Design Challenges of New Battery Chemistries for Mobile Devices

We are on the cusp of a major shift in battery technology for mobile handsets as Li-ion batteries reach the limits of their capabilities and new chemistries emerge to replace them. As more energy needs to be packed into smaller, thinner handsets, and app processors and 4G networks continue to drive up power demands, higher-density chemistries such as lithium-sulphur are coming to the fore.

However, these high-energy batteries come at a cost to the designer: lower end-of-life voltages, a wider variation in battery voltage from “full” to “empty,” and higher internal resistances. All these challenges have to be overcome before these batteries can be widely adopted in handsets.

For digital components, where Moore's Law is driving lower digital supply voltages — 2.5 V, 1.8 V, or even 1.2 V — the reduction in battery voltage is no big deal. Switch-mode power supplies effectively decouple the supply voltage from that of the battery. Analog components in the RF front end — in particular the RF power amplifier (PA) — that require much higher voltages (typically 3.4 V for full power transmission) do not benefit in the same way as digital components. In the analog world, it's Maxwell's equations that apply, not Moore's Law.

Lower output voltages
Whereas Li-ion batteries maintain output voltages at 3.6 V even when almost empty, new higher-energy-density batteries have a much steeper voltage degradation curve. When 10% of their battery life is remaining, the output voltage can drop to as low as 2.5 V. For the RF PA, this would mean insufficient transmit power to the antenna, resulting in call dropouts and reduced data rates.

With the adoption of 4G in more than 20 frequency bands, broadband PAs are now a “must have” for handset designers. Broadband PAs require a higher supply voltage in order to reduce impedance transformation in the RF matching network and maintain efficiency. Also, 4G waveforms require higher peak transmit power — and hence PA supply voltages — than their 3G predecessors. As a result, to maintain full RF performance at low battery, handset manufacturers and chipset vendors need new power supply techniques that enable RF components to work across a wider range of battery voltages.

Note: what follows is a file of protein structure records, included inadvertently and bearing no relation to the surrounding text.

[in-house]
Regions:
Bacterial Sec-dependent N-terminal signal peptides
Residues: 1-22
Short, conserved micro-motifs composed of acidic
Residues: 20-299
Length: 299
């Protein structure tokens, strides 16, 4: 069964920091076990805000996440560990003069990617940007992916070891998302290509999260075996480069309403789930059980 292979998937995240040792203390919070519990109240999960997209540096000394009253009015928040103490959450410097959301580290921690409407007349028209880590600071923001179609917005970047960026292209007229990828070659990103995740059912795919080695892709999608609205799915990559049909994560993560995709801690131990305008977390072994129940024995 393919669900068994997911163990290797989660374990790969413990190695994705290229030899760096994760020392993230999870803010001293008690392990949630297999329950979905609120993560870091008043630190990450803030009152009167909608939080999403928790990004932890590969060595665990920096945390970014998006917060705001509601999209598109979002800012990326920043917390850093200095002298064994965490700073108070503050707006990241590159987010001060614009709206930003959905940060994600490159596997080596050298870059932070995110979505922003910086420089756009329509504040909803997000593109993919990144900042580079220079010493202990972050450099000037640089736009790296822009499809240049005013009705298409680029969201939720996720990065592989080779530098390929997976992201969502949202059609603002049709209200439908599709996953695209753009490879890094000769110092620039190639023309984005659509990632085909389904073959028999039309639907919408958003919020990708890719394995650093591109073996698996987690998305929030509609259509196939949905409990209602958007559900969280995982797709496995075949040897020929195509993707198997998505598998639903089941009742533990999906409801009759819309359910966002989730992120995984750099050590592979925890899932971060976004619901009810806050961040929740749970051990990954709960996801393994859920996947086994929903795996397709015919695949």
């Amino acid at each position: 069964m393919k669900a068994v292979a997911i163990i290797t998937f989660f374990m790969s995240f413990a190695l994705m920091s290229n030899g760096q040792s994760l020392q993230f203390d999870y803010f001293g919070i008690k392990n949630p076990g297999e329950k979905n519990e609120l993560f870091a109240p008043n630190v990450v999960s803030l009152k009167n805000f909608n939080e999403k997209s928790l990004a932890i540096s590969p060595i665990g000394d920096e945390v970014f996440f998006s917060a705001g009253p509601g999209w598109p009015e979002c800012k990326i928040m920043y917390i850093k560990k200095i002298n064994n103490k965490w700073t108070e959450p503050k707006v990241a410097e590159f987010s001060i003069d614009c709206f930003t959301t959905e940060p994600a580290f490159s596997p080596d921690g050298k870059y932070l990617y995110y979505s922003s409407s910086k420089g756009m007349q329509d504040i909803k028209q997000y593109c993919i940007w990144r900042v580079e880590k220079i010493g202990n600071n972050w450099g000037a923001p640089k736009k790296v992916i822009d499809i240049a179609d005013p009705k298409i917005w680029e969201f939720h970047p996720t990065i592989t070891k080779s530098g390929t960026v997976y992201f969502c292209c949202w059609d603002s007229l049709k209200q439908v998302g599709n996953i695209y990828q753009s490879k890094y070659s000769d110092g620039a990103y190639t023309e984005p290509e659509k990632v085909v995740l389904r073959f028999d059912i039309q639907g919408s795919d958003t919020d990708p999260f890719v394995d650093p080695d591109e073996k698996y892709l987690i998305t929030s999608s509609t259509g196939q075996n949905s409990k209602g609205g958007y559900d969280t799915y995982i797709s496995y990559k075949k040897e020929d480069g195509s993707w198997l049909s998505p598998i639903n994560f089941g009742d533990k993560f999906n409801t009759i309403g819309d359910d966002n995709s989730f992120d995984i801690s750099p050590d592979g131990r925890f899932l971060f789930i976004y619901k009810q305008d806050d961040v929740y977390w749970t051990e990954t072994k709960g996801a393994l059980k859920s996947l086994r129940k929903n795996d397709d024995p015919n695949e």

Though traditional power management approaches, such as boost DC/DC converters, can be used to help ease the problem, these further reduce the energy efficiency of the RF PA. A commercially viable solution is not going to be achieved by classic power management techniques alone. Instead designers will need to draw on a more innovative combination of elements, including many that are not traditionally considered part of the power management remit.

For example, envelope tracking (ET) is primarily an energy efficiency and RF performance boosting technology. However, by fundamentally changing the operation of the RF power amplifier, it creates several other benefits for the power supply architecture in a handset.

ET completely changes the profile of the RF output stage by significantly lowering the average supply voltage needed by the RF PA. With an ET PA running at full power and a 4G waveform, the average voltage required by the PA is typically only around 1.5-2 V, with short peaks requiring up to 4.0-4.5 V. With some of today's “AC Boost” ET ICs, full RF output power can be maintained down to a battery voltage of 2.8 V or even 2.5 V.

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